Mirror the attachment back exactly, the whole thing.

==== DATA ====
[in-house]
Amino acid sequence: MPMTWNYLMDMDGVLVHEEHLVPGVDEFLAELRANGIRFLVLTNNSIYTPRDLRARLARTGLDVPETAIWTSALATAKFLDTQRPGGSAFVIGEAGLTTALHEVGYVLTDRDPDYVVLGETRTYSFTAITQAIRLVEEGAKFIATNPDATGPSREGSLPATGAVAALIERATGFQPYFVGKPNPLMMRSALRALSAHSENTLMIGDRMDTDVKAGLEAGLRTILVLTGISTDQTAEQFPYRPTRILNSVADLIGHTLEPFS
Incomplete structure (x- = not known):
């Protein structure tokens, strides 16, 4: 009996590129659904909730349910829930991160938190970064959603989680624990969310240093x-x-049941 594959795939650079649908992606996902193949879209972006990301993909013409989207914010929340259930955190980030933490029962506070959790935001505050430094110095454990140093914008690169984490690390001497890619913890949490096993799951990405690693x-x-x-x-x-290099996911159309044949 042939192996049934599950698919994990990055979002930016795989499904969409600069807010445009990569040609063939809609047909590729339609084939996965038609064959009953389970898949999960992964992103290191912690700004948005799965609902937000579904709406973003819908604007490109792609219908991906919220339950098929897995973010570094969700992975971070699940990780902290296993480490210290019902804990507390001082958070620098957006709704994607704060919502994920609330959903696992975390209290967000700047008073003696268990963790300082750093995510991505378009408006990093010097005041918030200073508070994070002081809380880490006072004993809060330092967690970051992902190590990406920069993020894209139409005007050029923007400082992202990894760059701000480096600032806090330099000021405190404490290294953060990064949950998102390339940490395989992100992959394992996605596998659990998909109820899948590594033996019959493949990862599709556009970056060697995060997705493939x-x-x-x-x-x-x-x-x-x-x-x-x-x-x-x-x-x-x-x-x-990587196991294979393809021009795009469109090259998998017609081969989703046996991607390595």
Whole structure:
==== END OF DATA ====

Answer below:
[in-house]
Amino acid sequence: MPMTWNYLMDMDGVLVHEEHLVPGVDEFLAELRANGIRFLVLTNNSIYTPRDLRARLARTGLDVPETAIWTSALATAKFLDTQRPGGSAFVIGEAGLTTALHEVGYVLTDRDPDYVVLGETRTYSFTAITQAIRLVEEGAKFIATNPDATGPSREGSLPATGAVAALIERATGFQPYFVGKPNPLMMRSALRALSAHSENTLMIGDRMDTDVKAGLEAGLRTILVLTGISTDQTAEQFPYRPTRILNSVADLIGHTLEPFS
Incomplete structure (x- = not known):
């Protein structure tokens, strides 16, 4: 009996590129659904909730349910829930991160938190970064959603989680624990969310240093x-x-049941 594959795939650079649908992606996902193949879209972006990301993909013409989207914010929340259930955190980030933490029962506070959790935001505050430094110095454990140093914008690169984490690390001497890619913890949490096993799951990405690693x-x-x-x-x-290099996911159309044949 042939192996049934599950698919994990990055979002930016795989499904969409600069807010445009990569040609063939809609047909590729339609084939996965038609064959009953389970898949999960992964992103290191912690700004948005799965609902937000579904709406973003819908604007490109792609219908991906919220339950098929897995973010570094969700992975971070699940990780902290296993480490210290019902804990507390001082958070620098957006709704994607704060919502994920609330959903696992975390209290967000700047008073003696268990963790300082750093995510991505378009408006990093010097005041918030200073508070994070002081809380880490006072004993809060330092967690970051992902190590990406920069993020894209139409005007050029923007400082992202990894760059701000480096600032806090330099000021405190404490290294953060990064949950998102390339940490395989992100992959394992996605596998659990998909109820899948590594033996019959493949990862599709556009970056060697995060997705493939x-x-x-x-x-x-x-x-x-x-x-x-x-x-x-x-x-x-x-x-x-990587196991294979393809021009795009469109090259998998017609081969989703046996991607390595």
Whole structure: